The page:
The main context data is cleared allowing the next tool to create a new context. This is important as the next tool very likely has a new line number.
$!, $@, $?, and $^E are restored
When a Test2 tool is complete it will restore $@, $!, $? and $^E to avoid action at a distance.

If IPC is turned on, a final culling will take place.
The follow-up hooks are a way to run actions when a hub is complete. This is useful for adding cleanup tasks, or final tests to the end of a test.
The final plan event will be produced using the current test count as the number of tests planned.
This will mark the hub is complete, and will not allow new events to be processed.

Test2 has some behaviors it runs in an "END { ... }" block after tests are done running. This end block does some final checks to warn you if something went wrong. This end block also sets the exit value of the script.

A warning will be produced if Test::Builder is loaded, but has a different version compared to Test2::API. This situation can happen if you downgrade to an older Test-Simple distribution, and is a bad situation.
If there are leftover context objects they will need to be cleaned up. A leftover context is never a good thing, and usually requires a warning. A leftover context could also be the result of an exception being thrown which terminates the script, Test2 is fairly good at noticing this and not warning in these cases as the warning would simply be noise.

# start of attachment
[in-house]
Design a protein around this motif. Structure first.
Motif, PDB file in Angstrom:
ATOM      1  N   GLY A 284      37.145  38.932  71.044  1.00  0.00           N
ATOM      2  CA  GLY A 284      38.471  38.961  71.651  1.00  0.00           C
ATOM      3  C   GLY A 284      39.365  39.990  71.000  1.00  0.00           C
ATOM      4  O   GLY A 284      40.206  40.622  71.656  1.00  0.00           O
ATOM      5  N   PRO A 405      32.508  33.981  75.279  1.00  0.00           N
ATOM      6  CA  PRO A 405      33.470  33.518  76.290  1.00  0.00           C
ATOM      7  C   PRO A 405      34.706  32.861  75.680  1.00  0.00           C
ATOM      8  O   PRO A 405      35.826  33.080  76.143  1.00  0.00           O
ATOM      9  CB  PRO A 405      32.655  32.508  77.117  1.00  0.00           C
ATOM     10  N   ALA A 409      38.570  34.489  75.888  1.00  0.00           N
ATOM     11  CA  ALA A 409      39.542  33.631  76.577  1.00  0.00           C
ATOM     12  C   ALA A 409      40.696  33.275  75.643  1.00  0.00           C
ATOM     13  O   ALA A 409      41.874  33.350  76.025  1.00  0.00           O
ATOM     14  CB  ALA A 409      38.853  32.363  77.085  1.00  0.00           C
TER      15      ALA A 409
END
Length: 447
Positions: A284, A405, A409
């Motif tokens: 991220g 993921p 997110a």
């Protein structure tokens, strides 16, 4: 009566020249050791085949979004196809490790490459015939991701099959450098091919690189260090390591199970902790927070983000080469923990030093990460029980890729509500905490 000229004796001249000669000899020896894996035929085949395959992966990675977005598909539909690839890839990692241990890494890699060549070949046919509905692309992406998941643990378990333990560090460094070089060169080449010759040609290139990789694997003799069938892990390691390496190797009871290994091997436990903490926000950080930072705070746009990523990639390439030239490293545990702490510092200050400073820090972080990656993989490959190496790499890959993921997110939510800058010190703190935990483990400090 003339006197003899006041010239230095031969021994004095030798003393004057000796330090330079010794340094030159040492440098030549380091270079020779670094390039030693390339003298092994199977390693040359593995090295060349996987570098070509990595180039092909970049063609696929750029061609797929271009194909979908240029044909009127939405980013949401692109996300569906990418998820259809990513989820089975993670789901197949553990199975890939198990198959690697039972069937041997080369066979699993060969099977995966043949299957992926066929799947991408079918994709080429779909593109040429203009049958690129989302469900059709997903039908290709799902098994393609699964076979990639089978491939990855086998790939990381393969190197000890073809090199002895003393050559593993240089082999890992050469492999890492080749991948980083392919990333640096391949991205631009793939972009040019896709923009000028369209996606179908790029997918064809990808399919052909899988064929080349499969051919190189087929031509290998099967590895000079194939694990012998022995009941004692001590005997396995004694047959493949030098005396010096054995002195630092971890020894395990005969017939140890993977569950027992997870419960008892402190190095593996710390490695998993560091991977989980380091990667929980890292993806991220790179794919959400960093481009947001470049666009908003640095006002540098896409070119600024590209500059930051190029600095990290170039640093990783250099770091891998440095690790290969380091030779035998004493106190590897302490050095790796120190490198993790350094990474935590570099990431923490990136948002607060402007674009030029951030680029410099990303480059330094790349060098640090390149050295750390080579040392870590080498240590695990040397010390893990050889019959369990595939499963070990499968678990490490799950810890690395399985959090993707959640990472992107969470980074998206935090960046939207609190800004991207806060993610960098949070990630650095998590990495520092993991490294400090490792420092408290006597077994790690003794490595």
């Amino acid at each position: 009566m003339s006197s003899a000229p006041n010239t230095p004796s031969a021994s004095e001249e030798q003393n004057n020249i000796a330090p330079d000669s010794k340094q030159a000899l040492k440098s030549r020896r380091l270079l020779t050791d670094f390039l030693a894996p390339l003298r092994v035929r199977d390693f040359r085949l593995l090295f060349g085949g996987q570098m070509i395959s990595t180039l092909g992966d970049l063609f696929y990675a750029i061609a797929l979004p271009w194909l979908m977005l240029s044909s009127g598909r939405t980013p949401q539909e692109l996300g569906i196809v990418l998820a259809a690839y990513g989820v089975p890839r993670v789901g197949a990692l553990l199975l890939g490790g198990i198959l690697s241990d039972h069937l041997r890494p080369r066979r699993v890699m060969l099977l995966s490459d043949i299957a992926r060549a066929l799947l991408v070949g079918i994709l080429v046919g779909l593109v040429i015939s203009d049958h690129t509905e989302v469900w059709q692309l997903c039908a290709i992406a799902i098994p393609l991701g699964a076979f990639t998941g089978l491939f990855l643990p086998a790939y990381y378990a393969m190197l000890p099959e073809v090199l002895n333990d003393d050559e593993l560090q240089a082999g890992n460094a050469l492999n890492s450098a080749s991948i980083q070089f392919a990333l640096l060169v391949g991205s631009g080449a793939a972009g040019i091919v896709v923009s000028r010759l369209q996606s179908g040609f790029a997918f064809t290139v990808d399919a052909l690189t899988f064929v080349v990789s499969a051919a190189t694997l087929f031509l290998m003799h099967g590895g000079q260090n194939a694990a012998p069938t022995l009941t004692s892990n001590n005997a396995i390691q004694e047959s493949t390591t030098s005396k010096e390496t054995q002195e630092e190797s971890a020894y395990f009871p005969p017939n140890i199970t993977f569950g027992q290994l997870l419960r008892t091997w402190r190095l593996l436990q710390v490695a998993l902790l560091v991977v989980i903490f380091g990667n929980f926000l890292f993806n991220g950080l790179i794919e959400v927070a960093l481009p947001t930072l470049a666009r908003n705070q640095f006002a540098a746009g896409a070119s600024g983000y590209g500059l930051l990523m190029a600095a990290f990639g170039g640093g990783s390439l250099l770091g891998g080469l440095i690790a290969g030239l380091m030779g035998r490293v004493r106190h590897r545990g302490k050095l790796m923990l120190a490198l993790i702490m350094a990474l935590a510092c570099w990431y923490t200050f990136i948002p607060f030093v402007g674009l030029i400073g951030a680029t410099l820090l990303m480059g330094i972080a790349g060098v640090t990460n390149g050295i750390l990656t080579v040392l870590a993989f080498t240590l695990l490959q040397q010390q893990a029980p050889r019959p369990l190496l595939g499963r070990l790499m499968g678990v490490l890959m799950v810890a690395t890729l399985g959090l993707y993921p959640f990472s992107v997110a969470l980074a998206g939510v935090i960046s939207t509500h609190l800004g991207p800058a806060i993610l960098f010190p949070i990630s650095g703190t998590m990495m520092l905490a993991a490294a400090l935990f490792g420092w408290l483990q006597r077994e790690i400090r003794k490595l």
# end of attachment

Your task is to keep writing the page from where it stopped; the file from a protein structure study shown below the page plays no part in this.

If IPC is active, a waiting event is sent to all child processes.
This happens only when IPC is loaded, but Test::Builder is not. This behavior is useful, but would break compatibility for legacy tests.
All hubs are finalized starting from the top. Leftover hubs are usually a bad thing, so a warning is produced if any are found.
This step is a no-op if "done_testing()" was used. If needed this will mark the root hub as finished.
This is a chance for plugins to modify the final exit value of the script.
If the test encountered any failures this will be set to a non-zero value. If possible this will be set to the number of failures, or 255 if the number is larger than 255 (the max value allowed).
Test2 is aware of many modules which were broken by Test2's release. At this point the script will check if any known-broken modules were loaded, and warn you if they were.

Note: This only happens if there were test failures. No broken module warnings are produced on a success.

Test2::Manual - Primary index of the manual.

The source code repository for Test2-Manual can be found at https://github.com/Test-More/Test2-Suite/.

Copyright 2018 Chad Granum <exodist@cpan.org>.

This program is free software; you can redistribute it and/or modify it under the same terms as Perl itself.

See http://dev.perl.org/licenses/

2020-10-22 perl v5.30.3